Journey to the Gulf Coast Educated and Inspired UM Environmental Studies Students – Advice Eating

In April, nearly 30 University of Montevallo students traveled to the Alabama coast for a two-day trip focused on coastal ecosystems and sustainability through hands-on learning.

The students were divided into two groups of 14. One group was part of the environmental studies program with Dr. Susan Caplow, an associate professor of environmental studies. And the others were students in the invertebrate zoology class of Associate Professor of Biology, Dr. Jill Wicknick.

“DR. Jill Wicknick usually takes her students for a day trip to Dauphin Island in the spring,” Caplow said. “She and I talked about making it longer with more stops and educational opportunities, and this year we were able to do that. We secured a bus and stayed the night so it was a two day trip instead of one.”

On the first day after beginning their journey at the Dauphin Island Sea Lab, Wicknick’s group went to the wetlands and Caplow’s students learned about microplastics on the beach.

Trinity Buse, a sophomore in environmental studies from Steele, Alabama, said the trip was a great opportunity and an enriching experience.

“We learned a lot about the importance of microplastics and how to remove them from shore, sustainable infrastructure in the park, community science and the importance of working in conservation,” said Buse. “We picked up a trash and tracked it with the state’s app, which records voluntary pickups on the Alabama coast.”

The next morning, Wicknick’s students studied invertebrates on the beach, and Caplow’s students took a sustainability tour of Gulf State Park.

“It’s a very sustainable park that was rebuilt after the hurricane with funds from BP for the oil spill,” Caplow said. “They built it for sustainability and to withstand future hurricanes.”

That afternoon, the groups came together to explore the Weeks Bay National Estuarine Research Reserve. Caplow said they took a tour with a natural resource planner who takes measurements and manages the reserve. This has piqued the interest of some students who are now considering working in this profession.

Blue Smith, a Montgomery junior biology major and lab assistant in Wicknick’s organism biology class, said the trip was an amazing learning experience and the most fun.

“I love sea life,” Smith said. “That was so much fun. We went net fishing in the cold water and caught tongue fish, a lizard fish, a pipefish that looks like a sea horse, and tiny wee jellies with no spines.

“It was really messy, but I came with my boots prepared. I knew what I was getting myself into and I had fun.”

Smith said she plans to become a marine biologist before the trip. Now this course has been strengthened.

“The people we met there said if we were interested they could tell us how to get an internship,” she said. “It wasn’t just an educational trip, but to be honest, it also became a career orientation trip.”

Buse said her career goal has always been to become a park ranger, but she didn’t realize prior to this trip that state parks encompass coastal regions. She now has other options to consider.

The trip ended with the groups having dinner together in Fairhope, giving the students space to explore on their own and interact with each other in more meaningful ways.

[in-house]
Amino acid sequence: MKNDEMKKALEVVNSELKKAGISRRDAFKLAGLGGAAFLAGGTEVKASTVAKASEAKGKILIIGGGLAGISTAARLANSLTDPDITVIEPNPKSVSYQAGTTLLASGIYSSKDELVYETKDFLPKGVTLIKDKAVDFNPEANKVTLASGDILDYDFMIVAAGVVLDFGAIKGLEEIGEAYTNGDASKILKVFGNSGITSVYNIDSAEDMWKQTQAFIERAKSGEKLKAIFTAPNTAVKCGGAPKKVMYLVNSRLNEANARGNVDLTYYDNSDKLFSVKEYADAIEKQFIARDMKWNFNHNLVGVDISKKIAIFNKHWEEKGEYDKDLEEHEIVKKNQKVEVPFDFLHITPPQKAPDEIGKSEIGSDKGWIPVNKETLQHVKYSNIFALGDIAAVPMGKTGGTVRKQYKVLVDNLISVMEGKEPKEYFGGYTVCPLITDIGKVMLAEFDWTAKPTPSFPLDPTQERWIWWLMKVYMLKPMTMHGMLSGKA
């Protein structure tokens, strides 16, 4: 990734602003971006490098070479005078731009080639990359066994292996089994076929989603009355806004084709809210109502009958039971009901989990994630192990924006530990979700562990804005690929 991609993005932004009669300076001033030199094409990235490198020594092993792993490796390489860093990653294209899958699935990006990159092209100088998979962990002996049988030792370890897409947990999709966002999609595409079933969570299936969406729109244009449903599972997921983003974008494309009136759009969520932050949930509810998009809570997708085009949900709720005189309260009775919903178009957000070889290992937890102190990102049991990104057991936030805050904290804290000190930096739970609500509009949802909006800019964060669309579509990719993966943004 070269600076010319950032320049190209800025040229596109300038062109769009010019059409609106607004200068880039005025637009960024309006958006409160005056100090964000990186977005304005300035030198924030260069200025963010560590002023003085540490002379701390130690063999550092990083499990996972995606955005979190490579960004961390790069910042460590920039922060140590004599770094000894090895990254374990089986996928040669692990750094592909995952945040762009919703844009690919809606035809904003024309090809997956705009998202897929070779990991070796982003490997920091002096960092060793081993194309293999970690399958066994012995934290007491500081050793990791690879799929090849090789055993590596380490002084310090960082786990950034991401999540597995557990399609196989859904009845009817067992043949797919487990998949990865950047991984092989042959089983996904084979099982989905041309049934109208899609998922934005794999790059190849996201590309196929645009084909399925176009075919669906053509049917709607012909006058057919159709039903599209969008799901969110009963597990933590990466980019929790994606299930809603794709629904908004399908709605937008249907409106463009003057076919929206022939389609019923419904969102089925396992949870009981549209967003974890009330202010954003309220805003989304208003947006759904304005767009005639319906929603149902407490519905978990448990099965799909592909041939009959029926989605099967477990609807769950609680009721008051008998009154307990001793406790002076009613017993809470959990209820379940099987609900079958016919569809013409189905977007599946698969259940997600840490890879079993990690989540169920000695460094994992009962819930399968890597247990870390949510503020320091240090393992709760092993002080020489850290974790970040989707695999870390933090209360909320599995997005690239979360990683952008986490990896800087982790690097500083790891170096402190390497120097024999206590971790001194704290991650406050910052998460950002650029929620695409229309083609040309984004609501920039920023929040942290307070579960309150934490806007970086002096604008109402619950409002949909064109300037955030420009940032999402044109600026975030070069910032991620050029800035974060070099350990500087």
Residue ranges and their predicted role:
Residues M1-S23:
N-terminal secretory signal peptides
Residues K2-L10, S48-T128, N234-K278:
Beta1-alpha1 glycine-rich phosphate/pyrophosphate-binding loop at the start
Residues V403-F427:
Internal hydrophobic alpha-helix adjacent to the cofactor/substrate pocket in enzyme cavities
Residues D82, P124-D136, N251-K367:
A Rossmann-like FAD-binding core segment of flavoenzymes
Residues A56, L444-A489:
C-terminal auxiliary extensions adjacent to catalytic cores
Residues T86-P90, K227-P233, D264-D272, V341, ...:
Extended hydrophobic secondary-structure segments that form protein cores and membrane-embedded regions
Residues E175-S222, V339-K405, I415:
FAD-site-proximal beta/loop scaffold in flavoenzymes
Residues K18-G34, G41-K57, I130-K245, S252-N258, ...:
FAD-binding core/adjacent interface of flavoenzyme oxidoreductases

“These types of trips are so important for students to learn, explore ecosystems they’re unfamiliar with, and opportunities for summer jobs and post-graduation jobs,” Caplow said. “This is the first time we’ve done this and we certainly hope to do it again.”

“It was a success to shape their future and give them inspiration. It is a memorable trip that they will always remember from their college days at Montevallo.”

The two professors hope to take the students on a trip to Belize in spring 2023 as part of Wicknick’s conservation biology class.

“I love sea life,” Smith said. “That was so much fun. We went net fishing in the cold water and caught tongue fish, a lizard fish, a pipefish that looks like a sea horse, and tiny wee jellies with no spines.

“It was really messy, but I came with my boots prepared. I knew what I was getting myself into and I had fun.”

Smith said she plans to become a marine biologist before the trip. Now this course has been strengthened.

“The people we met there said if we were interested they could tell us how to get an internship,” she said. “It wasn’t just an educational trip, but to be honest, it also became a career orientation trip.”

Buse said her career goal has always been to become a park ranger, but she didn’t realize prior to this trip that state parks encompass coastal regions. She now has other options to consider.

The trip ended with the groups having dinner together in Fairhope, giving the students space to explore on their own and interact with each other in more meaningful ways.

“These types of trips are so important for students to learn, explore ecosystems they’re unfamiliar with, and opportunities for summer jobs and post-graduation jobs,” Caplow said. “This is the first time we’ve done this and we certainly hope to do it again.”

“It was a success to shape their future and give them inspiration. It is a memorable trip that they will always remember from their college days at Montevallo.”

The two professors hope to take the students on a trip to Belize in spring 2023 as part of Wicknick’s conservation biology class.

Leave a Comment